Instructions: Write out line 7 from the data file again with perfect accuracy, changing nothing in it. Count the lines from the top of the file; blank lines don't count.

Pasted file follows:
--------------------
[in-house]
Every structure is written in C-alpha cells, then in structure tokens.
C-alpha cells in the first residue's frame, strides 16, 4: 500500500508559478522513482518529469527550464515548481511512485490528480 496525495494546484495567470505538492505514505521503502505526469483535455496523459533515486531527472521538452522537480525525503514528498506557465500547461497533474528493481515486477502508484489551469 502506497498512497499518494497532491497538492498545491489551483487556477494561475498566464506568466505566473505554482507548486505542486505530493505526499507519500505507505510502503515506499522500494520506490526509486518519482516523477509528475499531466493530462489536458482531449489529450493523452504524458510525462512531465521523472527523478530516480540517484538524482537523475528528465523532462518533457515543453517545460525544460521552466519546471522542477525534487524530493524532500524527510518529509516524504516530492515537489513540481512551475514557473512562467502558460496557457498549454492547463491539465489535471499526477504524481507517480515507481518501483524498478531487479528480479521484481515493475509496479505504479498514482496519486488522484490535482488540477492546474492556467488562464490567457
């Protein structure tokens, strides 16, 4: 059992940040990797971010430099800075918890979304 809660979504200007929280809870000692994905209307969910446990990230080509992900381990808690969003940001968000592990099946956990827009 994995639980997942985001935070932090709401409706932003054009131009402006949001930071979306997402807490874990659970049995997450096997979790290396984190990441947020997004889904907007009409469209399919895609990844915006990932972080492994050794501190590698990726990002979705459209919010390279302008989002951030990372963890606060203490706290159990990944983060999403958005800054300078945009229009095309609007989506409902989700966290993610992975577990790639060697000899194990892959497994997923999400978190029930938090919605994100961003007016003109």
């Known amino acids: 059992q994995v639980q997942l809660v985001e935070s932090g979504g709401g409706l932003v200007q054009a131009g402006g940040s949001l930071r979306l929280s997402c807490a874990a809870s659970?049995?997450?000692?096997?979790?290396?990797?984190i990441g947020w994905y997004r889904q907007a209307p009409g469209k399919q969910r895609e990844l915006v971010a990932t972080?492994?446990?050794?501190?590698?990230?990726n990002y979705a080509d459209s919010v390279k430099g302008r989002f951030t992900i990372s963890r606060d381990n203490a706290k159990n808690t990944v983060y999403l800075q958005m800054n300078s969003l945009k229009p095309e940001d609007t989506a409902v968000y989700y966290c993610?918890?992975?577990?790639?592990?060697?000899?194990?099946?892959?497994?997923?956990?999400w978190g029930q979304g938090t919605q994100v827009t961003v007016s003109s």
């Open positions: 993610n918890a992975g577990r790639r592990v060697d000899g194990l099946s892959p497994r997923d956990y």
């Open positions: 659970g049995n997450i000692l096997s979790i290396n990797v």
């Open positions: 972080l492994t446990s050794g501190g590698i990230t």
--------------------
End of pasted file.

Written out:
């Open positions: 659970g049995n997450i000692l096997s979790i290396n990797v």